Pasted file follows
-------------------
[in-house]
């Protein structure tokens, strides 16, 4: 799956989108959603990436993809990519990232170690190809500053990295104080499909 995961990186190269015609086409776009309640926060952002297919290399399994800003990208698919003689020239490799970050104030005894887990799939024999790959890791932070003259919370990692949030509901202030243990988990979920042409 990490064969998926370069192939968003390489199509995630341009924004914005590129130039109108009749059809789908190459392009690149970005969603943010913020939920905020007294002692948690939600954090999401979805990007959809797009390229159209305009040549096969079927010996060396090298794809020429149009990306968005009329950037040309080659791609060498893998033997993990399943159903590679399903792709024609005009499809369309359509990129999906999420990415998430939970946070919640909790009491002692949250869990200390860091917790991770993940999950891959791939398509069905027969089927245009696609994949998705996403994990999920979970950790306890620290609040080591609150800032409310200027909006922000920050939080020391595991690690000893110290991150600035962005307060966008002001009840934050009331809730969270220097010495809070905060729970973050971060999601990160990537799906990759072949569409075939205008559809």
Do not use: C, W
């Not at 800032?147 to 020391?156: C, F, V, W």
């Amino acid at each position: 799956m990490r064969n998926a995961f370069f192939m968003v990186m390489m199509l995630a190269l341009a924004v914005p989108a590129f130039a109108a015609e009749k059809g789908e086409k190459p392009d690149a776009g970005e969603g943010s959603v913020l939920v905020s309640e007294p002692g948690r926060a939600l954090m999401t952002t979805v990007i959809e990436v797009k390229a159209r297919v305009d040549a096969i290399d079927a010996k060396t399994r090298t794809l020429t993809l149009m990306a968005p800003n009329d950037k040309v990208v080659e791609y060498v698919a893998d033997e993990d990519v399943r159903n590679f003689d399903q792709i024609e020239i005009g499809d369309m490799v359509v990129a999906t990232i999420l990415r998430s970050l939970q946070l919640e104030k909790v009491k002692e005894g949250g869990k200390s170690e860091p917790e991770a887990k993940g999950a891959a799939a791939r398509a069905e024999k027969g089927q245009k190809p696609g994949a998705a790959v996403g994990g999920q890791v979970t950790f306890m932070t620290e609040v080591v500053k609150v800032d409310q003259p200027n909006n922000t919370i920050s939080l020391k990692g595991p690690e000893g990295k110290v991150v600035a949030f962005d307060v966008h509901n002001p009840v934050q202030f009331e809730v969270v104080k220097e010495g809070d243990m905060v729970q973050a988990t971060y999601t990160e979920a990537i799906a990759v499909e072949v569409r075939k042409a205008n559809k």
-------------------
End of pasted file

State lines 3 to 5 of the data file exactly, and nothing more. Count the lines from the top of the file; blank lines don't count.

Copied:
Do not use: C, W
């Not at 800032?147 to 020391?156: C, F, V, W």
């Amino acid at each position: 799956m990490r064969n998926a995961f370069f192939m968003v990186m390489m199509l995630a190269l341009a924004v914005p989108a590129f130039a109108a015609e009749k059809g789908e086409k190459p392009d690149a776009g970005e969603g943010s959603v913020l939920v905020s309640e007294p002692g948690r926060a939600l954090m999401t952002t979805v990007i959809e990436v797009k390229a159209r297919v305009d040549a096969i290399d079927a010996k060396t399994r090298t794809l020429t993809l149009m990306a968005p800003n009329d950037k040309v990208v080659e791609y060498v698919a893998d033997e993990d990519v399943r159903n590679f003689d399903q792709i024609e020239i005009g499809d369309m490799v359509v990129a999906t990232i999420l990415r998430s970050l939970q946070l919640e104030k909790v009491k002692e005894g949250g869990k200390s170690e860091p917790e991770a887990k993940g999950a891959a799939a791939r398509a069905e024999k027969g089927q245009k190809p696609g994949a998705a790959v996403g994990g999920q890791v979970t950790f306890m932070t620290e609040v080591v500053k609150v800032d409310q003259p200027n909006n922000t919370i920050s939080l020391k990692g595991p690690e000893g990295k110290v991150v600035a949030f962005d307060v966008h509901n002001p009840v934050q202030f009331e809730v969270v104080k220097e010495g809070d243990m905060v729970q973050a988990t971060y999601t990160e979920a990537i799906a990759v499909e072949v569409r075939k042409a205008n559809k």